In The Incredibles this comes across less high school than juvenile, as young Dash laments that everyone being special means that no one is. It’s smart of the movie to give this line to the youngest character capable of speech, since it is exactly the kind of thing you might hear from a four year-old who hates the new baby because now he won’t be the center of attention anymore.

But The Incredibles doesn’t dismiss this as the baseless and bratty whining it is; instead, it doubles down by having Syndrome, the bad guy, reveal that this is exactly his dastardly plan – to make everyday fools just as powerful as the Supers, to make everyone special so that no one will be.

I don’t want to dwell on the fact that this, in addition to being kind of a weird message for a children’s movie, is utter horseshit, both because you already know that and because I have another point to make. But I do think we should take a moment to acknowledge that this is utter horseshit. Because it is. Talent and ability are not zero-sum games; if I were a funny, talented writer, that wouldn’t preclude anyone else from being either funny or talented or both. And I’m sure that most people accepted this as merely a critique of the everybody-gets-a-trophy culture of the mid-aughts, I find the implication that some people are inherently less than other people offensive, in order, as a Jewish person, as a woman, and, somewhat surprisingly, as a vegetarian.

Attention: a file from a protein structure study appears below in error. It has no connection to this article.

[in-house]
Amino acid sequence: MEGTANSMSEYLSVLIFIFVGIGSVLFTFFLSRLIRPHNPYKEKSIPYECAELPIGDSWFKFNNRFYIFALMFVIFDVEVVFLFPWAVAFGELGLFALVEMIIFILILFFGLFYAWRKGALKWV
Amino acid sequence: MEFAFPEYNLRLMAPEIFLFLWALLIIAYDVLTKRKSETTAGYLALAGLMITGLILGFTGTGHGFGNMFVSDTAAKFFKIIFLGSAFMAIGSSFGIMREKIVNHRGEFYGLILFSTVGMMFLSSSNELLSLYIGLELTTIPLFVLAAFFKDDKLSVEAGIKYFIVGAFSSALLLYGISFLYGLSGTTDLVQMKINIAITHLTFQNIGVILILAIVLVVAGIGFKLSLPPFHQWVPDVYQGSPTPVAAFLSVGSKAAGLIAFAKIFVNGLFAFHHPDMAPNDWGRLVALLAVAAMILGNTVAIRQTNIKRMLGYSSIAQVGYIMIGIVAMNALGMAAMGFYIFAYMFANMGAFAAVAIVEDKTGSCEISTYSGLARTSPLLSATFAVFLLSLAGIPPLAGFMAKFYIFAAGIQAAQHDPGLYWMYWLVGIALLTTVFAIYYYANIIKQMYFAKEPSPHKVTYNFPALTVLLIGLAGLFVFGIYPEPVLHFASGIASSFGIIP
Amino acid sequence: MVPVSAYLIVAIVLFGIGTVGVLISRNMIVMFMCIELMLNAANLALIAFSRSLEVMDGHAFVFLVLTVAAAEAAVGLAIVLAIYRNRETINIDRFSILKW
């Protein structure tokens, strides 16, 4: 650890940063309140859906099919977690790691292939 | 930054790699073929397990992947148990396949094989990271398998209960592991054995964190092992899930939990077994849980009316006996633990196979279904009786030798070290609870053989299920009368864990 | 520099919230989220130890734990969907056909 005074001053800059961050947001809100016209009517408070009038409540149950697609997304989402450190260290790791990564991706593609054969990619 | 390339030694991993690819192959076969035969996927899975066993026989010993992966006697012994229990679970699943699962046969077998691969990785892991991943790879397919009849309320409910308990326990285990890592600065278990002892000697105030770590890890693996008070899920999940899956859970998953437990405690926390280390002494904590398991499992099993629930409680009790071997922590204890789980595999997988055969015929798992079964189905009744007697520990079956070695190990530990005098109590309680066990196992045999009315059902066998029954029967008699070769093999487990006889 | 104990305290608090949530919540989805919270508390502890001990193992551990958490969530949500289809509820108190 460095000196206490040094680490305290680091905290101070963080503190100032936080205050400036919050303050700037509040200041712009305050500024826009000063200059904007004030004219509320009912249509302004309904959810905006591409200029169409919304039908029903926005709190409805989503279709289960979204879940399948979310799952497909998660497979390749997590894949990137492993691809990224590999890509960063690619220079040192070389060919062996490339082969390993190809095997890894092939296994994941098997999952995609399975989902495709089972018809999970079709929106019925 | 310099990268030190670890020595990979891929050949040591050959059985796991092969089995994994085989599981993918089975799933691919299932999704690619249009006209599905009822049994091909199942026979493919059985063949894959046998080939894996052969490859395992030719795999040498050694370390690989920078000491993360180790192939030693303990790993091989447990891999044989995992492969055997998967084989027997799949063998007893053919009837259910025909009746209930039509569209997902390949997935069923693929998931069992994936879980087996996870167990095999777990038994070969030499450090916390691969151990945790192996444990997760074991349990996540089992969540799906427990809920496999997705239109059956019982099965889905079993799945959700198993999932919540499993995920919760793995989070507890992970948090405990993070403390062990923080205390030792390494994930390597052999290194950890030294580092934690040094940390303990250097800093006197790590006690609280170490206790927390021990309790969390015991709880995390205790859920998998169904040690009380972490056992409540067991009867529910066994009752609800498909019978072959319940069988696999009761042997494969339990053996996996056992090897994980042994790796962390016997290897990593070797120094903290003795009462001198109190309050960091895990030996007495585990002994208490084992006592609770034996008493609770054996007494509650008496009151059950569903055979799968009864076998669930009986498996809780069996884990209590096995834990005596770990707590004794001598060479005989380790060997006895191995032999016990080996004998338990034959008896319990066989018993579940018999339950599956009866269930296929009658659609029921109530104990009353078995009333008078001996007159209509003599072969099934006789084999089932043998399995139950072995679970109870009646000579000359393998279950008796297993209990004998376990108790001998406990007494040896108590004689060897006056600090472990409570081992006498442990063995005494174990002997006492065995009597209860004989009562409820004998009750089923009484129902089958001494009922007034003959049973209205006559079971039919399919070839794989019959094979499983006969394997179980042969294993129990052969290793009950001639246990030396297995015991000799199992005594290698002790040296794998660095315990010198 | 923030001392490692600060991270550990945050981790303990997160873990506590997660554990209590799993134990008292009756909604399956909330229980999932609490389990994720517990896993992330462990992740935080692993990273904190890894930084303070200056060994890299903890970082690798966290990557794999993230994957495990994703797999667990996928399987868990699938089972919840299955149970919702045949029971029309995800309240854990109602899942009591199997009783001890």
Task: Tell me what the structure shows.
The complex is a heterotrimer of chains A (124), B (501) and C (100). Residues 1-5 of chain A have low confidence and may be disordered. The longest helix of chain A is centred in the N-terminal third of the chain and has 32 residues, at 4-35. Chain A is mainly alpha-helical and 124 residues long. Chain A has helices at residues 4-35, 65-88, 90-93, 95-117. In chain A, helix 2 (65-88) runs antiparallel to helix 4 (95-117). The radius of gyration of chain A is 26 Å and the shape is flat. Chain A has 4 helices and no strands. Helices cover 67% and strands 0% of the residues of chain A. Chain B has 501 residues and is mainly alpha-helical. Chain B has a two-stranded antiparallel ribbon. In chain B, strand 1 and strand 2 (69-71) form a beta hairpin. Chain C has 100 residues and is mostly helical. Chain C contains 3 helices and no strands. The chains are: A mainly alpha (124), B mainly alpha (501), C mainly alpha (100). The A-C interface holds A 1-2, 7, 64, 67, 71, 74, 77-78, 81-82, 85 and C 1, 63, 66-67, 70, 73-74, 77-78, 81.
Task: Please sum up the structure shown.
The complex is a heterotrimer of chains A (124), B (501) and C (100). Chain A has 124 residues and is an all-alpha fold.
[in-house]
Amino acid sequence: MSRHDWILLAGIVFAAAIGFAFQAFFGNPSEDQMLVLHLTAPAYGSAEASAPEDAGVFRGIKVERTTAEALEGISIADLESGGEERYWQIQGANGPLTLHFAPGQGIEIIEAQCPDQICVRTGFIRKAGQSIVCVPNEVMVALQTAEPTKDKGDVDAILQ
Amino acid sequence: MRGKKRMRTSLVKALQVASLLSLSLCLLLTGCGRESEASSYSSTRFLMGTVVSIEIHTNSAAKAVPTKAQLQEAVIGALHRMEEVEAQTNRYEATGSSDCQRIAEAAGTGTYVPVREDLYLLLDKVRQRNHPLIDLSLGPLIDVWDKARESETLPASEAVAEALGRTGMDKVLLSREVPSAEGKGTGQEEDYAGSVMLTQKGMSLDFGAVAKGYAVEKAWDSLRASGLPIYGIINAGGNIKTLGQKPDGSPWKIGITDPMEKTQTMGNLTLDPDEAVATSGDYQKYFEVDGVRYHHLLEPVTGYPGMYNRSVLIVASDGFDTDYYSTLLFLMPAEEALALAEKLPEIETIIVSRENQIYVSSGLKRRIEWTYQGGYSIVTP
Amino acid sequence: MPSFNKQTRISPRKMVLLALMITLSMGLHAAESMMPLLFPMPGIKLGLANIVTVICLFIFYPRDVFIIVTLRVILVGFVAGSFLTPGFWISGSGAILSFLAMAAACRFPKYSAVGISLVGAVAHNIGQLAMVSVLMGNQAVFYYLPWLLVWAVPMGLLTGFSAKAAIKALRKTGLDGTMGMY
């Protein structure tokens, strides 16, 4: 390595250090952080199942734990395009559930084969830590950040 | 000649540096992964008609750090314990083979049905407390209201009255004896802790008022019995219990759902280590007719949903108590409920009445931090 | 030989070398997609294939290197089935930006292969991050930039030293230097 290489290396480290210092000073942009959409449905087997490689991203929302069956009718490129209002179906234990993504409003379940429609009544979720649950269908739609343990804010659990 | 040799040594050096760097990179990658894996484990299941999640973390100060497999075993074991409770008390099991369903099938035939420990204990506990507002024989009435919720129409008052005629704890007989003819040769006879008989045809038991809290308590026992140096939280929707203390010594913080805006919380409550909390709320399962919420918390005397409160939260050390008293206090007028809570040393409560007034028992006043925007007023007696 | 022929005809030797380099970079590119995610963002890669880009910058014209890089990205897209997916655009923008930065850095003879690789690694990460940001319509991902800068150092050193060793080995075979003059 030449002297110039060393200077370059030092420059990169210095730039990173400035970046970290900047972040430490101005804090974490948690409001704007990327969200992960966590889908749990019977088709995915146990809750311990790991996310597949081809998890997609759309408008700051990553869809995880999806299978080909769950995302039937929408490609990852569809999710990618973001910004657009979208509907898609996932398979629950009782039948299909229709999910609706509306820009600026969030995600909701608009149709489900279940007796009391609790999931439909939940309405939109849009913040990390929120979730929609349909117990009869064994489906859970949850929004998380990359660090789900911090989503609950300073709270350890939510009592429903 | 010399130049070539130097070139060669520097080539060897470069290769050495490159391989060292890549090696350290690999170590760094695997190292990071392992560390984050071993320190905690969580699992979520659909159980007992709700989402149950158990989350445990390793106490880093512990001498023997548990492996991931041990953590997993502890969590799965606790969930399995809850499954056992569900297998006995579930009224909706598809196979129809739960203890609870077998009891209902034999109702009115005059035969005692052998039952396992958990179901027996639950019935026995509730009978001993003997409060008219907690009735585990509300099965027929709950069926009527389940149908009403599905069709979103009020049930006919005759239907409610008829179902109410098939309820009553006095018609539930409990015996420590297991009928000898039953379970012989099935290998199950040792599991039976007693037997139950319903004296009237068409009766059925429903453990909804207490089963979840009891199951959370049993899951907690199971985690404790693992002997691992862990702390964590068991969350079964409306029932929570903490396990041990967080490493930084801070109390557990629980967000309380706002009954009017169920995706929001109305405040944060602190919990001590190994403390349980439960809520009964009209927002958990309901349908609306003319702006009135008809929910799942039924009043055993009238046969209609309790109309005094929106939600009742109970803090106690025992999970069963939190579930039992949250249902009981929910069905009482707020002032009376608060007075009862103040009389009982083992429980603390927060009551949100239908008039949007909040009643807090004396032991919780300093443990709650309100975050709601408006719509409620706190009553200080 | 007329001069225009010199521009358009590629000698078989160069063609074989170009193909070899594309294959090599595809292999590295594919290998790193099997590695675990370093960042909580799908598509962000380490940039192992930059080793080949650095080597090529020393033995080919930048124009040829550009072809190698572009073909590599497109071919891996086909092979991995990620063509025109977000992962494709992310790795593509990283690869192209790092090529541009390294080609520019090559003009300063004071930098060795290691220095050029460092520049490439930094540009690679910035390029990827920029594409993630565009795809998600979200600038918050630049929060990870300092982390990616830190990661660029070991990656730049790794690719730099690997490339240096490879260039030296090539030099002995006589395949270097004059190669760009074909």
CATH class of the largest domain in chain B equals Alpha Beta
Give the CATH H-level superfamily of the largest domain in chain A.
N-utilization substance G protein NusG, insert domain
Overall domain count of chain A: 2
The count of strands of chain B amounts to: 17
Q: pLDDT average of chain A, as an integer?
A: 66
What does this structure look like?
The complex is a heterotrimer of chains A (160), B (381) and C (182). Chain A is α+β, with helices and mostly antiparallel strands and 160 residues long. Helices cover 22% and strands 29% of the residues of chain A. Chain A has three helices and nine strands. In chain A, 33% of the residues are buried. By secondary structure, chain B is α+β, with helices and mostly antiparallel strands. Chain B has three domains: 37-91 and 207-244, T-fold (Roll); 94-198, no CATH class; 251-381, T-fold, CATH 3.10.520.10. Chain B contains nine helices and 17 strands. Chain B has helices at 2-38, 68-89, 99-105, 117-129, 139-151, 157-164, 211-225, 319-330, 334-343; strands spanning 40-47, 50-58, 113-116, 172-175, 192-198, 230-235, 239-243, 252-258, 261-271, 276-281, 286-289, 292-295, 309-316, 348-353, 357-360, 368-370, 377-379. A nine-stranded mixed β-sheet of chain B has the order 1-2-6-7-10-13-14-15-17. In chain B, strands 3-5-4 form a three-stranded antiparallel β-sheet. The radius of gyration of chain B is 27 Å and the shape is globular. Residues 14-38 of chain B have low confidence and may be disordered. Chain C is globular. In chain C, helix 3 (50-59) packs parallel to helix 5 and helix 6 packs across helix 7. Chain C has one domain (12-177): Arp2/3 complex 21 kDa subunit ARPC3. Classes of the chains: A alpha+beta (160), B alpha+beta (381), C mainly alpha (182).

But what really troubles me about this message is that Syndrome – and, let me just say how irritating it is that none of these characters have actual names, although I’m sure it’s part of a deeper commentary on identity; but anyway: Syndrome’s ability to create these gadgets that will give everyone powers should actually be pretty impressive. It demonstrates innovative thinking, impressive skill, and probably years of dedicated study. Sure, he’s turned these talents toward the dark side, a phrase the movie really should have coined, but the real dastardly part of his plan is not that he’s willing to actually murder people (who, sure, are cartoons) in order to make himself appear the hero, but that he’s going to share his amazing gizmos with the world, that his technology will benefit others.